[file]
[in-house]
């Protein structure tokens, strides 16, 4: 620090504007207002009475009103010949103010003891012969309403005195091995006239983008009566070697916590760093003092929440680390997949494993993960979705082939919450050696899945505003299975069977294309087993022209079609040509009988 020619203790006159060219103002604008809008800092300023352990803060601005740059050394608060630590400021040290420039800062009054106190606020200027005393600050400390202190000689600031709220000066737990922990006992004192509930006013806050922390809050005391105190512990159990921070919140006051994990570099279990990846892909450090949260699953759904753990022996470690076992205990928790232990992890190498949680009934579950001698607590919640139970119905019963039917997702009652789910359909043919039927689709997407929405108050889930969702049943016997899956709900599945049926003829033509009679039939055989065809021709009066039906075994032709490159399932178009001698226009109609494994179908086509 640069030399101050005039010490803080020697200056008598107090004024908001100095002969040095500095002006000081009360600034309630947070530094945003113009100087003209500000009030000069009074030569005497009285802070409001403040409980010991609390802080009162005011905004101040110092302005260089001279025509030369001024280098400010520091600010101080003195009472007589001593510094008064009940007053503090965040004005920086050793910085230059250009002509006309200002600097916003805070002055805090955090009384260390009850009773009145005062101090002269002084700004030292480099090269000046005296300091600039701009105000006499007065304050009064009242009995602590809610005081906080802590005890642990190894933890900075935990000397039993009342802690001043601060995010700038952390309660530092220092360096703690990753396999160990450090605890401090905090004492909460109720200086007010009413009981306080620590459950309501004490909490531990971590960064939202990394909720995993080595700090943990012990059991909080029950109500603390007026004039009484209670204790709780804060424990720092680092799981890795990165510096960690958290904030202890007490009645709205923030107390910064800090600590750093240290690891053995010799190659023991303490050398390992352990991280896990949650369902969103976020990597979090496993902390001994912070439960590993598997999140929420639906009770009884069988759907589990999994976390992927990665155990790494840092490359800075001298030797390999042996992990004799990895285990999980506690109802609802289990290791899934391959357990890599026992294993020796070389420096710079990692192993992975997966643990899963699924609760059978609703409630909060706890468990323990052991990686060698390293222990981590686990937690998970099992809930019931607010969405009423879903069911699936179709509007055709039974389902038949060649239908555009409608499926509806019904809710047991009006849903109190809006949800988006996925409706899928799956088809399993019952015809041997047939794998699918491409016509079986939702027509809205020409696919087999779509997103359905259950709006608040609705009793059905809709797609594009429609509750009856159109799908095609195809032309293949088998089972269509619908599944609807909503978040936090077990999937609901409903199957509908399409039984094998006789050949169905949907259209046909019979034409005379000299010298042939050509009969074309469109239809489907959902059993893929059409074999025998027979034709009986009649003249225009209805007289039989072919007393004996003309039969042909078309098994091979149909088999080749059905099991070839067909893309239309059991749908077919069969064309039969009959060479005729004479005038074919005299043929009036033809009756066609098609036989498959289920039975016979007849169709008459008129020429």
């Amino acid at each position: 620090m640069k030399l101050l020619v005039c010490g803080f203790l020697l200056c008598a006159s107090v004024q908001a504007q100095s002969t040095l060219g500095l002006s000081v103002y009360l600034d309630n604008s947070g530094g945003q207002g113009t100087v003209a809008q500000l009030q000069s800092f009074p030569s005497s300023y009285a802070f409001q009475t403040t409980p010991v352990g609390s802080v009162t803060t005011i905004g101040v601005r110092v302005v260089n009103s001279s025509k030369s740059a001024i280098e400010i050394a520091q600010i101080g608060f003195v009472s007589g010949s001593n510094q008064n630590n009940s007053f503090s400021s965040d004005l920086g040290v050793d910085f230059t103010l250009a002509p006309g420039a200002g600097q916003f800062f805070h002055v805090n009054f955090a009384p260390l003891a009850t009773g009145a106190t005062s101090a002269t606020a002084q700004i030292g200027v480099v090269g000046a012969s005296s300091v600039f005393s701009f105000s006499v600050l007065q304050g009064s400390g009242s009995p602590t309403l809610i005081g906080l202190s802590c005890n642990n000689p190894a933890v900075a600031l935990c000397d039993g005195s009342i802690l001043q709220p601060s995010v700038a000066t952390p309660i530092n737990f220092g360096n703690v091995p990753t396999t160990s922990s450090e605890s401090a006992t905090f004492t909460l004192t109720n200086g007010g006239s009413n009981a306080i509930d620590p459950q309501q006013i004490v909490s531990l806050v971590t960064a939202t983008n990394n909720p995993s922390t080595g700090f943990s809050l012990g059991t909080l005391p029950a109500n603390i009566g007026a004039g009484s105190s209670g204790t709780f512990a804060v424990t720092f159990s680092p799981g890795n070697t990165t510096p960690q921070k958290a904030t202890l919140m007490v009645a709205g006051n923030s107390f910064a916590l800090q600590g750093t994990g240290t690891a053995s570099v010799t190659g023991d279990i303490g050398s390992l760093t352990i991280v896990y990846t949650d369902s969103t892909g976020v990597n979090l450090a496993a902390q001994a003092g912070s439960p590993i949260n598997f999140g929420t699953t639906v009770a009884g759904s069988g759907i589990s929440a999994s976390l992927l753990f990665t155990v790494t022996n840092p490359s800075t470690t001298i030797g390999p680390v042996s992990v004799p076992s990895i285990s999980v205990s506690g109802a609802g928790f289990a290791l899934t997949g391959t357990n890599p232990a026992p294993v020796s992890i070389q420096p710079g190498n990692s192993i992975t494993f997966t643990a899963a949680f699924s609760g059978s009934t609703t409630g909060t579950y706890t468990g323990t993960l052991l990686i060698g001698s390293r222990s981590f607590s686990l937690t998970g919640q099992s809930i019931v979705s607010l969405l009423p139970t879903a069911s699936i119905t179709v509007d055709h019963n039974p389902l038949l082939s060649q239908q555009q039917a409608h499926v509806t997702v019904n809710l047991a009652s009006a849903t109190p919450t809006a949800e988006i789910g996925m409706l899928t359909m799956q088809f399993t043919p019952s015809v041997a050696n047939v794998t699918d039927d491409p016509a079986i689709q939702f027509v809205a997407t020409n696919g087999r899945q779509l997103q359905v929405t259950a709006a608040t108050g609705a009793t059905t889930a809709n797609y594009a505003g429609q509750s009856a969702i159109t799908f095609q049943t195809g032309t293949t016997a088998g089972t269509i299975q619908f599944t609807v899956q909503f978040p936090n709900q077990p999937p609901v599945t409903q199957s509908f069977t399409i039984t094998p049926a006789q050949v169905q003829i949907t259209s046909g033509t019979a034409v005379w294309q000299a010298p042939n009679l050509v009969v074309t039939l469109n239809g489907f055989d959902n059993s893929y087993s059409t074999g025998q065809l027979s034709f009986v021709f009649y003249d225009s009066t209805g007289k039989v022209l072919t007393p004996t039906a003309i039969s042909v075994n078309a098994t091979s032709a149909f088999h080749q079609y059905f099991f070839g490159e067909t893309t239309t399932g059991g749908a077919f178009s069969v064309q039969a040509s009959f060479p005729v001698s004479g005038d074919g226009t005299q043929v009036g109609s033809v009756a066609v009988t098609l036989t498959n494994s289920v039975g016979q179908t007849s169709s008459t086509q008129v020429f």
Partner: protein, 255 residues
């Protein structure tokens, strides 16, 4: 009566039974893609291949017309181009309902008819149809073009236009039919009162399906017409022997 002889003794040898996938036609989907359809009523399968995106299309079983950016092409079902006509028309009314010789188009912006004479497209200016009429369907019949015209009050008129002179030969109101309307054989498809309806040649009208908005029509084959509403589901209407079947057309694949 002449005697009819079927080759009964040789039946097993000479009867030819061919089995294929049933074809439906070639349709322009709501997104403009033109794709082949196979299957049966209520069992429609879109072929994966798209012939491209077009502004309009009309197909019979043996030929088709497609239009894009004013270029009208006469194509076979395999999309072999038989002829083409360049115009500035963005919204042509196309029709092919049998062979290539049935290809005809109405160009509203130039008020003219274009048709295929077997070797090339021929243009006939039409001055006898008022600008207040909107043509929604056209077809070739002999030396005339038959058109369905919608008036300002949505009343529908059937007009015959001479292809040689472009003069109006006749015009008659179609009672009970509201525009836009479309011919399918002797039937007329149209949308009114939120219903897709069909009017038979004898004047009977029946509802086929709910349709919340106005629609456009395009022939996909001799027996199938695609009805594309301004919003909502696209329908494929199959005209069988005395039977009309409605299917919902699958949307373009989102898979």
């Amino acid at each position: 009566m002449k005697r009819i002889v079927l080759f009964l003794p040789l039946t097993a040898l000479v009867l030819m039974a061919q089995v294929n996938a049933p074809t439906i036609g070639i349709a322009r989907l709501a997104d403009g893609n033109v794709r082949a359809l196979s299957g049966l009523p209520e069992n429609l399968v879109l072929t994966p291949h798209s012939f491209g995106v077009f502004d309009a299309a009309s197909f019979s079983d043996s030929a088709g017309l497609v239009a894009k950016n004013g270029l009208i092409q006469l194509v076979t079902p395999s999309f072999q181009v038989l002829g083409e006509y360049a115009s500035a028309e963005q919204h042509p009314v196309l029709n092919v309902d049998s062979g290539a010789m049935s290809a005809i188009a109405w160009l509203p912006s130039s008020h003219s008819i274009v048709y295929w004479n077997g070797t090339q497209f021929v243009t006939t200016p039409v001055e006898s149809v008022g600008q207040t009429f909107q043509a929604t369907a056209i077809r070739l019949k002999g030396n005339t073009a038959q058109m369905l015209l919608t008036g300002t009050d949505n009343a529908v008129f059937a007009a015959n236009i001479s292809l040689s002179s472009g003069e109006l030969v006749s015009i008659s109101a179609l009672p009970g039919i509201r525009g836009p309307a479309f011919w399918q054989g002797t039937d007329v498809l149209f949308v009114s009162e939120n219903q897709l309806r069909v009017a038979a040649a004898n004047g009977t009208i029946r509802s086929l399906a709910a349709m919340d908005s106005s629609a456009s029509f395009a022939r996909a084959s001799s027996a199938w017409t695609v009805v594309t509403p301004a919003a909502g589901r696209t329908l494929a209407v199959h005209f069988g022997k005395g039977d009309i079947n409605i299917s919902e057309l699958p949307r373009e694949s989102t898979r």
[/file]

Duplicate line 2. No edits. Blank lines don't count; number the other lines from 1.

């Protein structure tokens, strides 16, 4: 620090504007207002009475009103010949103010003891012969309403005195091995006239983008009566070697916590760093003092929440680390997949494993993960979705082939919450050696899945505003299975069977294309087993022209079609040509009988 020619203790006159060219103002604008809008800092300023352990803060601005740059050394608060630590400021040290420039800062009054106190606020200027005393600050400390202190000689600031709220000066737990922990006992004192509930006013806050922390809050005391105190512990159990921070919140006051994990570099279990990846892909450090949260699953759904753990022996470690076992205990928790232990992890190498949680009934579950001698607590919640139970119905019963039917997702009652789910359909043919039927689709997407929405108050889930969702049943016997899956709900599945049926003829033509009679039939055989065809021709009066039906075994032709490159399932178009001698226009109609494994179908086509 640069030399101050005039010490803080020697200056008598107090004024908001100095002969040095500095002006000081009360600034309630947070530094945003113009100087003209500000009030000069009074030569005497009285802070409001403040409980010991609390802080009162005011905004101040110092302005260089001279025509030369001024280098400010520091600010101080003195009472007589001593510094008064009940007053503090965040004005920086050793910085230059250009002509006309200002600097916003805070002055805090955090009384260390009850009773009145005062101090002269002084700004030292480099090269000046005296300091600039701009105000006499007065304050009064009242009995602590809610005081906080802590005890642990190894933890900075935990000397039993009342802690001043601060995010700038952390309660530092220092360096703690990753396999160990450090605890401090905090004492909460109720200086007010009413009981306080620590459950309501004490909490531990971590960064939202990394909720995993080595700090943990012990059991909080029950109500603390007026004039009484209670204790709780804060424990720092680092799981890795990165510096960690958290904030202890007490009645709205923030107390910064800090600590750093240290690891053995010799190659023991303490050398390992352990991280896990949650369902969103976020990597979090496993902390001994912070439960590993598997999140929420639906009770009884069988759907589990999994976390992927990665155990790494840092490359800075001298030797390999042996992990004799990895285990999980506690109802609802289990290791899934391959357990890599026992294993020796070389420096710079990692192993992975997966643990899963699924609760059978609703409630909060706890468990323990052991990686060698390293222990981590686990937690998970099992809930019931607010969405009423879903069911699936179709509007055709039974389902038949060649239908555009409608499926509806019904809710047991009006849903109190809006949800988006996925409706899928799956088809399993019952015809041997047939794998699918491409016509079986939702027509809205020409696919087999779509997103359905259950709006608040609705009793059905809709797609594009429609509750009856159109799908095609195809032309293949088998089972269509619908599944609807909503978040936090077990999937609901409903199957509908399409039984094998006789050949169905949907259209046909019979034409005379000299010298042939050509009969074309469109239809489907959902059993893929059409074999025998027979034709009986009649003249225009209805007289039989072919007393004996003309039969042909078309098994091979149909088999080749059905099991070839067909893309239309059991749908077919069969064309039969009959060479005729004479005038074919005299043929009036033809009756066609098609036989498959289920039975016979007849169709008459008129020429």